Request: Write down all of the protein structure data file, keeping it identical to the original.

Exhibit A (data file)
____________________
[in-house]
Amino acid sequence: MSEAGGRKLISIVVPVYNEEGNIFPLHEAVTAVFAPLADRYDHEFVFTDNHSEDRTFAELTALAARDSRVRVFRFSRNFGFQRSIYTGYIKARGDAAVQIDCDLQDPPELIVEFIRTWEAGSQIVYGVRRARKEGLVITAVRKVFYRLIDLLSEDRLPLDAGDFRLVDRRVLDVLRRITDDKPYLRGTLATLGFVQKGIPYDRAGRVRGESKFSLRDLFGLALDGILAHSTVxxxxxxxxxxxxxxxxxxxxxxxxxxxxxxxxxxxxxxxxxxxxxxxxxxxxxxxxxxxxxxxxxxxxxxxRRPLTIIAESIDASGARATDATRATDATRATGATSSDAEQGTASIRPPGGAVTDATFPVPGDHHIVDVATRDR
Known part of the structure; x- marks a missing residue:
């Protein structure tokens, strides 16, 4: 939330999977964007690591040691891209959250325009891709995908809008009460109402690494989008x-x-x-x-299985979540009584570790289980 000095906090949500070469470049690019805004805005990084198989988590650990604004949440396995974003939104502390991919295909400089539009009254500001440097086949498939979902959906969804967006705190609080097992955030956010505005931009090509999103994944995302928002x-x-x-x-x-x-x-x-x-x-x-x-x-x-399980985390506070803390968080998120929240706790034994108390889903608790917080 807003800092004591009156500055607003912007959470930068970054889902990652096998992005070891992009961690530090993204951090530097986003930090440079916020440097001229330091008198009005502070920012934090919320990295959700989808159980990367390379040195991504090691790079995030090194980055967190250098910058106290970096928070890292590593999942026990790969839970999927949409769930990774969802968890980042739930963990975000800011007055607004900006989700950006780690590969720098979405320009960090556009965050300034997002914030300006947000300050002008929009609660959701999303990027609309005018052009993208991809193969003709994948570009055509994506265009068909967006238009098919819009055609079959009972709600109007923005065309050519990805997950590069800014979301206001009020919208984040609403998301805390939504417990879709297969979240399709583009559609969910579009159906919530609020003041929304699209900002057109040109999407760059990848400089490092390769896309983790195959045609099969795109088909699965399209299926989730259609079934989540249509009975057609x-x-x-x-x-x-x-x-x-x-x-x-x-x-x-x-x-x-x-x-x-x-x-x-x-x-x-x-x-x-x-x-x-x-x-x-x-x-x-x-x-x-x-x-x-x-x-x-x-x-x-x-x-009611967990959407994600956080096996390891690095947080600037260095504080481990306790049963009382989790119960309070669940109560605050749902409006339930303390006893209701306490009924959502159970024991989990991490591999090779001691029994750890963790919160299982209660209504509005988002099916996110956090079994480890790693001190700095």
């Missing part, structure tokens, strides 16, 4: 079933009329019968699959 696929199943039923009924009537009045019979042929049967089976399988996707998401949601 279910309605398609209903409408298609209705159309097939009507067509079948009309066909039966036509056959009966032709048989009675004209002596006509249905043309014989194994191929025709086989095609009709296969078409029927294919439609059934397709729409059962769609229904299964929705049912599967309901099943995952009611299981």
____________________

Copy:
[in-house]
Amino acid sequence: MSEAGGRKLISIVVPVYNEEGNIFPLHEAVTAVFAPLADRYDHEFVFTDNHSEDRTFAELTALAARDSRVRVFRFSRNFGFQRSIYTGYIKARGDAAVQIDCDLQDPPELIVEFIRTWEAGSQIVYGVRRARKEGLVITAVRKVFYRLIDLLSEDRLPLDAGDFRLVDRRVLDVLRRITDDKPYLRGTLATLGFVQKGIPYDRAGRVRGESKFSLRDLFGLALDGILAHSTVxxxxxxxxxxxxxxxxxxxxxxxxxxxxxxxxxxxxxxxxxxxxxxxxxxxxxxxxxxxxxxxxxxxxxxxRRPLTIIAESIDASGARATDATRATDATRATGATSSDAEQGTASIRPPGGAVTDATFPVPGDHHIVDVATRDR
Known part of the structure; x- marks a missing residue:
């Protein structure tokens, strides 16, 4: 939330999977964007690591040691891209959250325009891709995908809008009460109402690494989008x-x-x-x-299985979540009584570790289980 000095906090949500070469470049690019805004805005990084198989988590650990604004949440396995974003939104502390991919295909400089539009009254500001440097086949498939979902959906969804967006705190609080097992955030956010505005931009090509999103994944995302928002x-x-x-x-x-x-x-x-x-x-x-x-x-x-399980985390506070803390968080998120929240706790034994108390889903608790917080 807003800092004591009156500055607003912007959470930068970054889902990652096998992005070891992009961690530090993204951090530097986003930090440079916020440097001229330091008198009005502070920012934090919320990295959700989808159980990367390379040195991504090691790079995030090194980055967190250098910058106290970096928070890292590593999942026990790969839970999927949409769930990774969802968890980042739930963990975000800011007055607004900006989700950006780690590969720098979405320009960090556009965050300034997002914030300006947000300050002008929009609660959701999303990027609309005018052009993208991809193969003709994948570009055509994506265009068909967006238009098919819009055609079959009972709600109007923005065309050519990805997950590069800014979301206001009020919208984040609403998301805390939504417990879709297969979240399709583009559609969910579009159906919530609020003041929304699209900002057109040109999407760059990848400089490092390769896309983790195959045609099969795109088909699965399209299926989730259609079934989540249509009975057609x-x-x-x-x-x-x-x-x-x-x-x-x-x-x-x-x-x-x-x-x-x-x-x-x-x-x-x-x-x-x-x-x-x-x-x-x-x-x-x-x-x-x-x-x-x-x-x-x-x-x-x-x-009611967990959407994600956080096996390891690095947080600037260095504080481990306790049963009382989790119960309070669940109560605050749902409006339930303390006893209701306490009924959502159970024991989990991490591999090779001691029994750890963790919160299982209660209504509005988002099916996110956090079994480890790693001190700095």
């Missing part, structure tokens, strides 16, 4: 079933009329019968699959 696929199943039923009924009537009045019979042929049967089976399988996707998401949601 279910309605398609209903409408298609209705159309097939009507067509079948009309066909039966036509056959009966032709048989009675004209002596006509249905043309014989194994191929025709086989095609009709296969078409029927294919439609059934397709729409059962769609229904299964929705049912599967309901099943995952009611299981």